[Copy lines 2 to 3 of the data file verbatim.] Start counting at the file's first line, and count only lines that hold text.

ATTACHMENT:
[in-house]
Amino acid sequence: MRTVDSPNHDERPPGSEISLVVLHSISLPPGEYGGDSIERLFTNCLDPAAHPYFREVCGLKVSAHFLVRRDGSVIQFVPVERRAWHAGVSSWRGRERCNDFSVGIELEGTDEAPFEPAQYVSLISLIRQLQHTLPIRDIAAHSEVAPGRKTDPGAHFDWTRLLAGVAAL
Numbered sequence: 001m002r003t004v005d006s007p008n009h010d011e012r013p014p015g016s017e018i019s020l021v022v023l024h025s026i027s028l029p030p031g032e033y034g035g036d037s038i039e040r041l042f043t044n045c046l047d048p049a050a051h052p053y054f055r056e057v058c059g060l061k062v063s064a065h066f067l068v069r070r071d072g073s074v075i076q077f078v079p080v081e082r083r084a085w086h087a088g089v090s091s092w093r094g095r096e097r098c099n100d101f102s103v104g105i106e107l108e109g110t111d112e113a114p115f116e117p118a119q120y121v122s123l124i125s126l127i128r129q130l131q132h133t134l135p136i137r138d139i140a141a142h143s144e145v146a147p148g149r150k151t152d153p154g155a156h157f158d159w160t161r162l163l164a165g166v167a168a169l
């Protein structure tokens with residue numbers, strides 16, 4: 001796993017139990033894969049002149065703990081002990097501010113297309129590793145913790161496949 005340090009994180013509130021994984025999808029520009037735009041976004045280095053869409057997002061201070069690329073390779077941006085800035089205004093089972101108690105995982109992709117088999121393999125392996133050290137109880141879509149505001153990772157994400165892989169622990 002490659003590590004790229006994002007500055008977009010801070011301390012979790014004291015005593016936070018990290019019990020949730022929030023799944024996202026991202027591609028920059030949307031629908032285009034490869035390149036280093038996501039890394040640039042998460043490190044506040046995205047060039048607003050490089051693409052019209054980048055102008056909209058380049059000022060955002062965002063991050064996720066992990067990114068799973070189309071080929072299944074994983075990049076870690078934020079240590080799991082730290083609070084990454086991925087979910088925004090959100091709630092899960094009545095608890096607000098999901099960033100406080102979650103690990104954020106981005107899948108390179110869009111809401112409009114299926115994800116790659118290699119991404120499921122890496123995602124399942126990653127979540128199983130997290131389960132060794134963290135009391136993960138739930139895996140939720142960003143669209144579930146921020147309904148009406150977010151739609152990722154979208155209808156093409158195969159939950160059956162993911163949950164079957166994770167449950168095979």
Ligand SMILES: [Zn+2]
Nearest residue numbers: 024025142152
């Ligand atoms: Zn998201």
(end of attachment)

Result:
Amino acid sequence: MRTVDSPNHDERPPGSEISLVVLHSISLPPGEYGGDSIERLFTNCLDPAAHPYFREVCGLKVSAHFLVRRDGSVIQFVPVERRAWHAGVSSWRGRERCNDFSVGIELEGTDEAPFEPAQYVSLISLIRQLQHTLPIRDIAAHSEVAPGRKTDPGAHFDWTRLLAGVAAL
Numbered sequence: 001m002r003t004v005d006s007p008n009h010d011e012r013p014p015g016s017e018i019s020l021v022v023l024h025s026i027s028l029p030p031g032e033y034g035g036d037s038i039e040r041l042f043t044n045c046l047d048p049a050a051h052p053y054f055r056e057v058c059g060l061k062v063s064a065h066f067l068v069r070r071d072g073s074v075i076q077f078v079p080v081e082r083r084a085w086h087a088g089v090s091s092w093r094g095r096e097r098c099n100d101f102s103v104g105i106e107l108e109g110t111d112e113a114p115f116e117p118a119q120y121v122s123l124i125s126l127i128r129q130l131q132h133t134l135p136i137r138d139i140a141a142h143s144e145v146a147p148g149r150k151t152d153p154g155a156h157f158d159w160t161r162l163l164a165g166v167a168a169l